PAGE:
Posted on

Why is there still no cure in Parkinson’s disease?

Despite significant investments in research to fight Parkinson’s disease, no treatment targeting regeneration of dopaminergic neurons, or at least slowing the progression of the disease, has been authorized on the market. Promising announcements of the pharmaceutical research laboratories are numerous, but a growing number of patients are asking the question: why is it always for tomorrow, and then the day after tomorrow …?

Live Better Parkinson’s has tried to bring some answers to this legitimate question.

A medical culture of symptoms

The essential reason indeed lies in our medical culture of treating a disease. In a study by Meissner WG et al. of 2011 “Priorities in Parkinson disease Research” published in the scientific journal “Nat Rev Drug Discovery”, he points out that among dozens of drugs on the market in the care of patients with Parkinson’s disease, NONE targets neuroprotection. So no strategy has been developed to stop or slow down the progression of the disease.

Although symptoms can be improved through dopamine replacement strategies, there is an urgent need to reorient current research. The strategy should target treatments producing neuroprotective and/or disease-modifying effects so that patients can hope to see the neurodegenerative process slow down.

All neurodegenerative diseases including Parkinson’s, are complex pathologies

Even today, experts do not entirely agree on the pathogenesis of Parkinson’s. So, how do you fight an enemy if you do not know, at least partially, why he can emerge and settle in a patient?
At present, experts agree that several phenomena are always present and at the origin of Parkinson’s disease. All neurodegenerative diseases have common factors such as oxidation, neuroinflammation, mitochondrial dysfunction (cell power plants), genetic damage (protein misfolding and aggregation), among others.

The neuro-degenerative diseases of which Parkinson is like a bottomless pit or a bathtub with multiple holes. If we want to close only one hole hoping to see the bathtub stop emptying, we may not be able to see a very significant slowdown. It would be appropriate to simultaneously plug several holes, at least all major ones if we want to observe a significant slowdown of leaking.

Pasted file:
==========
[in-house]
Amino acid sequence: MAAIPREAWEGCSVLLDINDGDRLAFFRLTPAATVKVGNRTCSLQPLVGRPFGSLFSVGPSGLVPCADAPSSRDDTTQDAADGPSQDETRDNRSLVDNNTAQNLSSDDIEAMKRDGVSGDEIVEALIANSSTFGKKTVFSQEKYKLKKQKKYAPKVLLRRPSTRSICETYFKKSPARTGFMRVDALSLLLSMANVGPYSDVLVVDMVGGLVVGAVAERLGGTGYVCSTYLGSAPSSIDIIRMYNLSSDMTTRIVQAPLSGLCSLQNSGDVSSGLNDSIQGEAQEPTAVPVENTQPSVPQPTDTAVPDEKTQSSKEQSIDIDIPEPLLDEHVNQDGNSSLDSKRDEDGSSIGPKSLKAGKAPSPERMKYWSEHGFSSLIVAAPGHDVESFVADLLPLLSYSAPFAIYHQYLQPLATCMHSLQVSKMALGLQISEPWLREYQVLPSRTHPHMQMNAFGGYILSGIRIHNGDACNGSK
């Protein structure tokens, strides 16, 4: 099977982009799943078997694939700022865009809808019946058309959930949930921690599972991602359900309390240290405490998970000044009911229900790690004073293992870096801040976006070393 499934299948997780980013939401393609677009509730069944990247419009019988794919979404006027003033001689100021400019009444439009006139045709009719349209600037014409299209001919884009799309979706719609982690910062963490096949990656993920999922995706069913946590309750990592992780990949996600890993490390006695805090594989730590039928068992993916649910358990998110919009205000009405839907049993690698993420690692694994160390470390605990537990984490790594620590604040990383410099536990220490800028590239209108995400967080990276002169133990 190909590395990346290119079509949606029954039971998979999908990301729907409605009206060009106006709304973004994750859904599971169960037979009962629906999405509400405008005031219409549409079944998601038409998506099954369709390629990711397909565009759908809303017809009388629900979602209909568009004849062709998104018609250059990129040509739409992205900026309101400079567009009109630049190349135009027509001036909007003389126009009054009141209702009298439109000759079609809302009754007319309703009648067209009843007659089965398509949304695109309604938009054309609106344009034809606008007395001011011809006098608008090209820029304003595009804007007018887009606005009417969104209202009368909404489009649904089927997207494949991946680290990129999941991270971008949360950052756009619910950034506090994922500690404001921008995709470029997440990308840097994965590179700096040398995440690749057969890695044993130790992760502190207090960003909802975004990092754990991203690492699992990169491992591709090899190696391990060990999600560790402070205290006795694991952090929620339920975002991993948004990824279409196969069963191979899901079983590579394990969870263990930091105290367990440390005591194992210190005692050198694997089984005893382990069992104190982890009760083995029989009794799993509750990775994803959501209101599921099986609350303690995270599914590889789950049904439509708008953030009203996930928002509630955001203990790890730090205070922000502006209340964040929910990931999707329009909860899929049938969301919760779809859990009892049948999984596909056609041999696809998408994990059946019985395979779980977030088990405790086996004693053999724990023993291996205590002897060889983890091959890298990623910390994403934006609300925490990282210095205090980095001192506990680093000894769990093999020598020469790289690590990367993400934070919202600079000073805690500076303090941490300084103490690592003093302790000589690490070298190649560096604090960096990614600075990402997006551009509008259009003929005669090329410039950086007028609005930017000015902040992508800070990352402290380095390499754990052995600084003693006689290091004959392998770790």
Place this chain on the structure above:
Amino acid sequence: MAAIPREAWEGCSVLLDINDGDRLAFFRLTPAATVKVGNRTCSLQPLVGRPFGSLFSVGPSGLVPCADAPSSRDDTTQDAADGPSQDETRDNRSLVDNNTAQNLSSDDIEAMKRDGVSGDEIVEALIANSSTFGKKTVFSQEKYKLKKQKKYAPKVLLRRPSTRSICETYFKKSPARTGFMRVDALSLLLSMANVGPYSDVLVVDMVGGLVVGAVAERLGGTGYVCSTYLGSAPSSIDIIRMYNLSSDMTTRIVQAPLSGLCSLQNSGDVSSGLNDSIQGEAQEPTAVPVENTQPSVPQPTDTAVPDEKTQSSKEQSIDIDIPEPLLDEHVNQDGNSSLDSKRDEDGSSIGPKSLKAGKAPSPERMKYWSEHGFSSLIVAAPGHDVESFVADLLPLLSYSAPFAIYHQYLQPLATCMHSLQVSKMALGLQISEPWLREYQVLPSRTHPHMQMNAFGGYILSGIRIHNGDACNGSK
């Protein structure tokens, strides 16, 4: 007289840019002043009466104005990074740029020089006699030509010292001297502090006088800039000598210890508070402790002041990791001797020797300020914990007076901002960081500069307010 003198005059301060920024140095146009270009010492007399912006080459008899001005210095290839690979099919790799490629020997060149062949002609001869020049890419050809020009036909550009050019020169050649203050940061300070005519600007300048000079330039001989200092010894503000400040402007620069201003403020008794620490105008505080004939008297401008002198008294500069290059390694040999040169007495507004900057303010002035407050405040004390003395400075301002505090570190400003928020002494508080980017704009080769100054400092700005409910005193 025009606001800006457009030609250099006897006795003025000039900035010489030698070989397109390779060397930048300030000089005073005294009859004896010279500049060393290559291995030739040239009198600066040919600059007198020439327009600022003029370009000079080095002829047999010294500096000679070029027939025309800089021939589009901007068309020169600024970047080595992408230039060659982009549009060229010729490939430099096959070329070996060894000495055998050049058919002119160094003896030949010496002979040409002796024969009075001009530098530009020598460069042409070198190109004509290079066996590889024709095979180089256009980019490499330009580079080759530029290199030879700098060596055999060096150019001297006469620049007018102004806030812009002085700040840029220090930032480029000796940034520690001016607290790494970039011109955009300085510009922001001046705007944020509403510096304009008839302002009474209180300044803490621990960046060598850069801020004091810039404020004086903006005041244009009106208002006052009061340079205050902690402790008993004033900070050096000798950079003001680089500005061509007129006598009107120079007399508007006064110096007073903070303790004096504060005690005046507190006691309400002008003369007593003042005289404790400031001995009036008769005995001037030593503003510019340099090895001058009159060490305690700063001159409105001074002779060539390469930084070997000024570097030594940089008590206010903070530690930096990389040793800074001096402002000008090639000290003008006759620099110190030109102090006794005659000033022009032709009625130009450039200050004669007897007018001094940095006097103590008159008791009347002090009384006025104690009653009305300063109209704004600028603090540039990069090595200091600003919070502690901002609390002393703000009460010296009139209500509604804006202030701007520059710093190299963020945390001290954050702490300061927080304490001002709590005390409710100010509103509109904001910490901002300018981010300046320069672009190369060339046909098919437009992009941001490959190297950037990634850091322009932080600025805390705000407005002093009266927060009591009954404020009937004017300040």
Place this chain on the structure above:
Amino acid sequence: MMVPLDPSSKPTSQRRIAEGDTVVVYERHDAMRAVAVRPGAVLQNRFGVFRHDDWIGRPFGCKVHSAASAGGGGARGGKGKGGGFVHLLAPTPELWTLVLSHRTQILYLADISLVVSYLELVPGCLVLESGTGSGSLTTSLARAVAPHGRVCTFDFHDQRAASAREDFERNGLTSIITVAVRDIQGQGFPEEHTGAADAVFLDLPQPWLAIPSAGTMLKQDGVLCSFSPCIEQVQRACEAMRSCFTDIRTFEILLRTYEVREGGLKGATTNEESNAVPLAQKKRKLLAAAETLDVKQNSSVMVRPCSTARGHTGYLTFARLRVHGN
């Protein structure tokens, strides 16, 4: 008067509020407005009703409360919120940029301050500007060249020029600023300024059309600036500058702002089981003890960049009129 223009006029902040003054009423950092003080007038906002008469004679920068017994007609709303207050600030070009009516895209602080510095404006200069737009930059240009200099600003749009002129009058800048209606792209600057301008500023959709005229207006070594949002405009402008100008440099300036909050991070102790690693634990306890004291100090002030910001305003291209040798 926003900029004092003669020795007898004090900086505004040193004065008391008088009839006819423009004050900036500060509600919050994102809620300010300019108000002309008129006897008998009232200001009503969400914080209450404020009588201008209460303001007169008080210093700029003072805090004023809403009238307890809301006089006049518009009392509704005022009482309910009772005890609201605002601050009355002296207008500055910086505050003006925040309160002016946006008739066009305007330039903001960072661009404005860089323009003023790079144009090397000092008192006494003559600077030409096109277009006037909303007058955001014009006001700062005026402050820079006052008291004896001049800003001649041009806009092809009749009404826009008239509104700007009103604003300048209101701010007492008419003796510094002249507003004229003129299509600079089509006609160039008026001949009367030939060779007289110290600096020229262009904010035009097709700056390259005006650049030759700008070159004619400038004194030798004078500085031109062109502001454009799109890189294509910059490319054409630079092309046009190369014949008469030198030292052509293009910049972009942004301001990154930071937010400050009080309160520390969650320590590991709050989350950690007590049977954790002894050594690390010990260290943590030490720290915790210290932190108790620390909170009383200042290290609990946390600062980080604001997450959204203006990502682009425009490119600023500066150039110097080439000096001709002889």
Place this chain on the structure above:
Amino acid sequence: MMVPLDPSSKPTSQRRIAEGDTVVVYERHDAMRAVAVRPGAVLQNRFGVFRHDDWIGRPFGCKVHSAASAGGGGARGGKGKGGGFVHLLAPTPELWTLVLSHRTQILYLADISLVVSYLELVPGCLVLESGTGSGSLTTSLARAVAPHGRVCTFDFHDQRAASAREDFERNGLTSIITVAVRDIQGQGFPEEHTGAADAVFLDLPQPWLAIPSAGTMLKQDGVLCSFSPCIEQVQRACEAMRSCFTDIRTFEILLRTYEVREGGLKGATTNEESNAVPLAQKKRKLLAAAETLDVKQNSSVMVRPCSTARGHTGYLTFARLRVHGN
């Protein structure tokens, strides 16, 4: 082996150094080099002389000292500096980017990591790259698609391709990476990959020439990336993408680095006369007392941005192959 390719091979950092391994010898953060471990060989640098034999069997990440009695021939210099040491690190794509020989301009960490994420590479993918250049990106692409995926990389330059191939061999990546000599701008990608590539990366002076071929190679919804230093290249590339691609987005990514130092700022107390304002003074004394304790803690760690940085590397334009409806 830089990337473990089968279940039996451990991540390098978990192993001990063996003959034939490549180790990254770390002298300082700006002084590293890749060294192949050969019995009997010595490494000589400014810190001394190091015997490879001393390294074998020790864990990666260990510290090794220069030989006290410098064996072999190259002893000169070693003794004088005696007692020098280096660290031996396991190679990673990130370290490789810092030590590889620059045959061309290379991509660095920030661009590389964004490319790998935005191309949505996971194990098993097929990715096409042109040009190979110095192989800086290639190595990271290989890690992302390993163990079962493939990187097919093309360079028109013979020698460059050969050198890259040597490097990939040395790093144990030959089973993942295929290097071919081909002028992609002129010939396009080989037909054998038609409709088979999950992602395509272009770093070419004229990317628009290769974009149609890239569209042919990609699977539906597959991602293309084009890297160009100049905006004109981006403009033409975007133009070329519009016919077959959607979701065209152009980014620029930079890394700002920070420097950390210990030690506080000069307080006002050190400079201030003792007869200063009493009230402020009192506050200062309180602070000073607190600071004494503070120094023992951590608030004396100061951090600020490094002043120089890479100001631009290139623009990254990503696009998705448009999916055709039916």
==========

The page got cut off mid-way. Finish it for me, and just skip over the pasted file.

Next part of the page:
Thus, to hope to impact significantly the process of Parkinson’s disease, it should be considered one or more drugs to overcome all the underlying problems. And of course, drugs without side effects …

Note that an approach is currently being tried to regenerate neurons and synapses, among other approaches in the therapy of stem cells (pluripotent cells) that can generate neurons (neurogenesis).

Prevention is better than cure

We are far from the traditional approach of Chinese medicine which provided that the doctor was paid as long as his patients were in good health. He had every interest in having his patients go well because it was only in this situation that he was paid. Our system is just reversed because it is based on the treatment of diseases. It also gives high priority to the consequences of the disease, trying to reduce the symptoms, often to the detriment of causes.

Recently, with uncontrolled spending and NHS on the brink of collapse, governments, FDA and NHS are focusing more on a highly personalized and preventive approach.

The number of biomarkers to detect people at risk or the first warning signs of disease is proof of this reorientation. FDA is strongly focussing on personalized medicine including biomarkers.

A toxic environment

Experts estimate that in only 5 to 15% of cases, the disease has an inherited genetic origin. Why are Parkinson’s statistics soaring exponentially?

A series of explanations are put forward to try to understand this phenomenon which takes proportions of a pandemic: An aging population with a longer lifespan, an increase of the stress, pollution, the “junk food” as well as the accumulation of toxic products for the body, would be responsible.

It is true that pesticides, but also household chemicals, heavy metals, and other toxic agents are suspected to be responsible for 85-95% of the remaining factors that would cause Parkinson’s disease. It should also be noted that the average age is becoming lower and it is not uncommon to see people under fifty affected by the disease.

What perspectives?

Prevention, with early biomarkers, will play a significant role in the apprehension of this terrible disease. A healthy lifestyle can certainly also help slow down the disease process. Many studies testify to this.

Stem cell therapies are also exciting because they have the objective of regenerating neurons, although this will remain expensive and complicated processes.

Neurostimulation is also making progress in reducing symptoms.

Other approaches are on the horizon. We can mention for example French biotech that develops a molecule that has demonstrated powerful neuroprotective effects in preclinical models and simultaneously targets the major processes involved in the pathogenesis of the disease.

Also worth mentioning are dietary supplements, some of which show very interesting neuroprotective effects, with preclinical and clinical studies to support it.

We hope that these different approaches and therapies will be accessible quickly, so that people who have suffered from Parkinson’s for years or decades may see their quality of life improve.